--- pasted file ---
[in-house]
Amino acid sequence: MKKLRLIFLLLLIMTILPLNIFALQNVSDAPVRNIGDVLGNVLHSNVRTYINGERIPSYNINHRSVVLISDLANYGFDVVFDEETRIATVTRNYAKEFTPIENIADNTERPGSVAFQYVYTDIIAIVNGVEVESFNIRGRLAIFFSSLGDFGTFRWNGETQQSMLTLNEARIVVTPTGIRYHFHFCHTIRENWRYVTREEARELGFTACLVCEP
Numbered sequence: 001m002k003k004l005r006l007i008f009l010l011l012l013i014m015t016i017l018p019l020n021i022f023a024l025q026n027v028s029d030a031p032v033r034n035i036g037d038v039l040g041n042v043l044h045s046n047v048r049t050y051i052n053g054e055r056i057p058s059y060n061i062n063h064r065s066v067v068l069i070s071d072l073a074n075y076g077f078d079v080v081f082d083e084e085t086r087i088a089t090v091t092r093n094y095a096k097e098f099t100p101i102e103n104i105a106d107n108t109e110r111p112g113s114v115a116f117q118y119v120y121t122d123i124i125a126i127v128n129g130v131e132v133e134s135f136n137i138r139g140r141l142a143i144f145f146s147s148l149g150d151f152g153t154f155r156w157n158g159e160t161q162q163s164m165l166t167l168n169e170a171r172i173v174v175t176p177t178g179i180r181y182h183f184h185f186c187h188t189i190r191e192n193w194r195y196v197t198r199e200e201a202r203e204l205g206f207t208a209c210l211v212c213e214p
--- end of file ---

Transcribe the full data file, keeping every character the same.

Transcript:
[in-house]
Amino acid sequence: MKKLRLIFLLLLIMTILPLNIFALQNVSDAPVRNIGDVLGNVLHSNVRTYINGERIPSYNINHRSVVLISDLANYGFDVVFDEETRIATVTRNYAKEFTPIENIADNTERPGSVAFQYVYTDIIAIVNGVEVESFNIRGRLAIFFSSLGDFGTFRWNGETQQSMLTLNEARIVVTPTGIRYHFHFCHTIRENWRYVTREEARELGFTACLVCEP
Numbered sequence: 001m002k003k004l005r006l007i008f009l010l011l012l013i014m015t016i017l018p019l020n021i022f023a024l025q026n027v028s029d030a031p032v033r034n035i036g037d038v039l040g041n042v043l044h045s046n047v048r049t050y051i052n053g054e055r056i057p058s059y060n061i062n063h064r065s066v067v068l069i070s071d072l073a074n075y076g077f078d079v080v081f082d083e084e085t086r087i088a089t090v091t092r093n094y095a096k097e098f099t100p101i102e103n104i105a106d107n108t109e110r111p112g113s114v115a116f117q118y119v120y121t122d123i124i125a126i127v128n129g130v131e132v133e134s135f136n137i138r139g140r141l142a143i144f145f146s147s148l149g150d151f152g153t154f155r156w157n158g159e160t161q162q163s164m165l166t167l168n169e170a171r172i173v174v175t176p177t178g179i180r181y182h183f184h185f186c187h188t189i190r191e192n193w194r195y196v197t198r199e200e201a202r203e204l205g206f207t208a209c210l211v212c213e214p